Inside the DNC’s marketing strategy in the final campaign stretch

Just three weeks remain for the Democratic National Committee to get its ticket elected.

Inside the DNC’s marketing strategy in the final campaign stretch

The stakes are high for Democratic National Committee chief mobilization officer Patrick Stevenson.

With just three weeks until the 2020 presidential election, Stevenson, the organization’s digital marketing director, and his team have been leaning heavily into digital communications such as email and text messaging to mobilize voters and raise donations for fromer Vice President Joe Biden's campaign. 

Of course, the heavy reliance on digital this year is in part because COVID-19 has put the kibosh on in-person fundraising and door-to-door canvassing, the “bread and butter” of traditional campaigning, Stevenson said. 

But people have been surprisingly responsive to virtual canvassing. The DNC raised $364.5 million for the Biden campaign in August solely online, setting a one-month fundraising record for a presidential campaign.

“People realize that this is one of the most important elections in modern history,” Stevenson said. “They are responding to email and text solicitation and virtual fundraising events”

Stevenson, who also worked for President Barack Obama's re-election campaign in 2012 and former Secretary of State Hillary Clinton's campaign in 2016, spoke with Campaign US about virtual campaigning -- and how SMS has emerged as a breakout tactic. 

“It's a mobile adoption thing,” he said. “People are getting more comfortable giving money on their phone.”

Campaign US: You had to throw out the entire campaign playbook this year. Where did you start?

STEVENSON: The good thing about my department is we use digital strategies to complement in-person events and door-to-door [canvassing]. So it wasn't too huge of a change for my team. 

We were always planning to run a strong text message campaign and to have voters make calls to other voters in battleground states. But whereas before those were part of the campaign strategy, now it's pretty much entirely the campaign strategy. 

How did you use digital tactics to make up for in-person fundraising? 

We figured out how to do a lot of things on Zoom. Grassroots fundraisers are big: donate as little as $1 and get on a Zoom with Barack Obama and Joe Biden. We did one with Obama, Amy Poehler and Maya Rudolph that raised several million dollars. It gives people a good experience with the campaign, direct interaction with the principal and builds connection.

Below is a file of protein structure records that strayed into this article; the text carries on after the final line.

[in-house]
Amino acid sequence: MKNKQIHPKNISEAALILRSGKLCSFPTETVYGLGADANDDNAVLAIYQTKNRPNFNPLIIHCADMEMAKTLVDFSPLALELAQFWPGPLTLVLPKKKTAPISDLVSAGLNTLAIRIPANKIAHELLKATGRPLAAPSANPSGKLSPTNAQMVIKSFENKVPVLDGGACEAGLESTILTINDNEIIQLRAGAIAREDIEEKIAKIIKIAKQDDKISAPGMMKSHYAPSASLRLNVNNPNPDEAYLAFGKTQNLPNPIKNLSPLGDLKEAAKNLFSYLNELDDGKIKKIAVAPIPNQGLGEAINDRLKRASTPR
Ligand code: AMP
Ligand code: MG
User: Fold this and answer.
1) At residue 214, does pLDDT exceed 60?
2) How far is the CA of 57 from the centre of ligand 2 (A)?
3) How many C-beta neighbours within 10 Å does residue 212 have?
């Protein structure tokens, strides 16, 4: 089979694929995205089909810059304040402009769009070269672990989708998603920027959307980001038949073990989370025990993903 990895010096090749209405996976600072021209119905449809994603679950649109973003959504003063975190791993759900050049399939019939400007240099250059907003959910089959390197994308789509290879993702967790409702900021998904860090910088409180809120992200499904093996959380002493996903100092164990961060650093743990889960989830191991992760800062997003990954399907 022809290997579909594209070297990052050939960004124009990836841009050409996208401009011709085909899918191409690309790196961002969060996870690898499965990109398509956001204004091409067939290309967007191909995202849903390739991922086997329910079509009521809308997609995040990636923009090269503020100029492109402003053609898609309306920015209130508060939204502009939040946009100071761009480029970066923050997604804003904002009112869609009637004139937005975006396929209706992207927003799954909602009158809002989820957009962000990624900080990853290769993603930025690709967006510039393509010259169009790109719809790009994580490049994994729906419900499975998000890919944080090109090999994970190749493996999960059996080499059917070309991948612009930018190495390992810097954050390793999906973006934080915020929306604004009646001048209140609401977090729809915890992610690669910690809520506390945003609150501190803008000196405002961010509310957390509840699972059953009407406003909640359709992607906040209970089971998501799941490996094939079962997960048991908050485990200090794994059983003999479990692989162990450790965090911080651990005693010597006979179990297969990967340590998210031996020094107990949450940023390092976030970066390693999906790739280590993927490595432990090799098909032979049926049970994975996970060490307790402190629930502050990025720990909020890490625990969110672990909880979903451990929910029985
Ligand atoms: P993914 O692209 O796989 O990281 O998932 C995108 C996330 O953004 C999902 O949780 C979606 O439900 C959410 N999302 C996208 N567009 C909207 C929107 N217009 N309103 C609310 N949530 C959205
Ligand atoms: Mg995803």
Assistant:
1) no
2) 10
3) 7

What channels in particular are working for the DNC this election cycle?

Since 2008, email has been the major source of online fundraising, and it remains effective. Direct mail pretty much works as good as it ever has. A certain percentage of our donors are older and want to write a check. We put a URL on the envelope so they can make an online donation, too. 

The channel that has truly emerged is SMS. We ran a broadcast SMS program in 2016 and 2018, and raised a fair amount of money, but it was not anywhere near email and direct mail. It was very much an ancillary channel. On this campaign, a full list SMS blast typically raises more money for us than any email.

How have you leaned into SMS? 

We have a bigger SMS list than the past and we’ve spent more resources building it. 

Culturally, we've done a good job of educating supporters that it’s a good way to get involved. The Democratic National Convention broadcast [in August] was studded with asks to “text donations to 330-30.” It was much more of a secondary ask in previous elections.

How are you personalizing messages to voters in different states?

Localization is really important in politics because different states vote for different people. So when anyone signs up for our email list, we collect their email address and ZIP Code. Because we have self-identified and provided location information, we can target people in different regions with personalized messages. 

The ability to talk to supporters with a simple personalized graphic, or say, “Hey California, you have these senate and house races,” is cool. Content based on donation history, where someone lives and what elections are in the community really pops.

In 2016, the Trump campaign proved to be more digitally savvy than the Democrats. Is that still the case, and how are you working to close that gap? 

I worked on President Obama's reelection campaign in 2012, and I remember pretty much everyone on the campaign had some type of profile written about them. In 2016, my boss was the same guy. When we lost, everyone was like, “These idiots got outrun by Donald Trump.” 

There's a little bit of truth in both. We did objectively run a better campaign on digital than Mitt Romney did in 2012. In 2016, Donald Trump and the right wing used parts of the internet better than the Democrats. In politics, this is what you sign up for. If you win you are the smartest people ever and if you lose you are the dumbest. 

What’s the core message of the DNC’s campaign strategy this year?

We’re focused on the fact that voting is complicated in the pandemic and a lot of people are voting differently than in years past. We're investing in voter education. Our platform houses the most centralized voting resources that have ever existed in one place. 

If you're signed up for the DNC, we don't necessarily need to persuade you to be a Democrat, or that it's important to vote. But because voting is new to lots of people this year, making sure all voters are equipped with information they need is more important than ever.

This interview has been edited for clarity. 

This story first appeared on 

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